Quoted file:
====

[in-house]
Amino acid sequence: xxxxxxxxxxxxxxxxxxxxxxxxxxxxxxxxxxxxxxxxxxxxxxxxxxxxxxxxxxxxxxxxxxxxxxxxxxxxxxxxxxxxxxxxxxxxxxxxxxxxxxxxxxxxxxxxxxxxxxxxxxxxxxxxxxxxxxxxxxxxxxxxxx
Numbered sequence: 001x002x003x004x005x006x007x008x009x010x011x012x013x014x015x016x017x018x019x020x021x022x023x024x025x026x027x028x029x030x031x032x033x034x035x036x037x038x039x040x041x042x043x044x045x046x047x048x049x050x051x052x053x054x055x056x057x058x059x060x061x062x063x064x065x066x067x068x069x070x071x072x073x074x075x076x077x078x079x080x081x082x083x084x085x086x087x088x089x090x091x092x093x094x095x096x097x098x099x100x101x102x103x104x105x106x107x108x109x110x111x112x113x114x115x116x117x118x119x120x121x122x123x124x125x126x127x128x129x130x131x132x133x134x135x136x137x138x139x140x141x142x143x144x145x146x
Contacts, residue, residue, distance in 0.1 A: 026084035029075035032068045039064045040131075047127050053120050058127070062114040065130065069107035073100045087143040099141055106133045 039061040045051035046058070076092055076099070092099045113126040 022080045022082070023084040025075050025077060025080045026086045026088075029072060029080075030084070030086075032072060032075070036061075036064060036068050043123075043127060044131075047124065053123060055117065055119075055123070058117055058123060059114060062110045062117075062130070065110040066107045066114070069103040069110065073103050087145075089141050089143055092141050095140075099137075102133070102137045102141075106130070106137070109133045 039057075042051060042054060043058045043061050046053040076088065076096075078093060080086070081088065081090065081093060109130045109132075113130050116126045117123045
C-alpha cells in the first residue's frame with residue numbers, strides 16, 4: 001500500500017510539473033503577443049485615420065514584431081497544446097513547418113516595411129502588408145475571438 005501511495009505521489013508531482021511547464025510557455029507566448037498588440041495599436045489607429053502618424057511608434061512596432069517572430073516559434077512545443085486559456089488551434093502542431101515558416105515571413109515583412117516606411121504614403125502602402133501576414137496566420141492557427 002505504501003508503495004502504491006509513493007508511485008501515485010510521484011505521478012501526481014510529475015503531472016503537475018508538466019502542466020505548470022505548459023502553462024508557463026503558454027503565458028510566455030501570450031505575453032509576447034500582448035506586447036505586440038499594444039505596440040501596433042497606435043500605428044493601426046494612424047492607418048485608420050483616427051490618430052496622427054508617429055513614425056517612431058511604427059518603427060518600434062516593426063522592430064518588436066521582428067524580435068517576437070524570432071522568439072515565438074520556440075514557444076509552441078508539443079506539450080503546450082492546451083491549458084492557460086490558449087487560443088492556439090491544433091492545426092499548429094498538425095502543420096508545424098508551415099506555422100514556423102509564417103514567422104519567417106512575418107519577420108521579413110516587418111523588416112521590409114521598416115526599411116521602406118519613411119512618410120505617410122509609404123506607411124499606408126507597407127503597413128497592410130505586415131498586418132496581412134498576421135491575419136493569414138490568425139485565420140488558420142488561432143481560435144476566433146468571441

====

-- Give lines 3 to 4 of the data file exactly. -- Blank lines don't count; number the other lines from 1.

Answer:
Numbered sequence: 001x002x003x004x005x006x007x008x009x010x011x012x013x014x015x016x017x018x019x020x021x022x023x024x025x026x027x028x029x030x031x032x033x034x035x036x037x038x039x040x041x042x043x044x045x046x047x048x049x050x051x052x053x054x055x056x057x058x059x060x061x062x063x064x065x066x067x068x069x070x071x072x073x074x075x076x077x078x079x080x081x082x083x084x085x086x087x088x089x090x091x092x093x094x095x096x097x098x099x100x101x102x103x104x105x106x107x108x109x110x111x112x113x114x115x116x117x118x119x120x121x122x123x124x125x126x127x128x129x130x131x132x133x134x135x136x137x138x139x140x141x142x143x144x145x146x
Contacts, residue, residue, distance in 0.1 A: 026084035029075035032068045039064045040131075047127050053120050058127070062114040065130065069107035073100045087143040099141055106133045 039061040045051035046058070076092055076099070092099045113126040 022080045022082070023084040025075050025077060025080045026086045026088075029072060029080075030084070030086075032072060032075070036061075036064060036068050043123075043127060044131075047124065053123060055117065055119075055123070058117055058123060059114060062110045062117075062130070065110040066107045066114070069103040069110065073103050087145075089141050089143055092141050095140075099137075102133070102137045102141075106130070106137070109133045 039057075042051060042054060043058045043061050046053040076088065076096075078093060080086070081088065081090065081093060109130045109132075113130050116126045117123045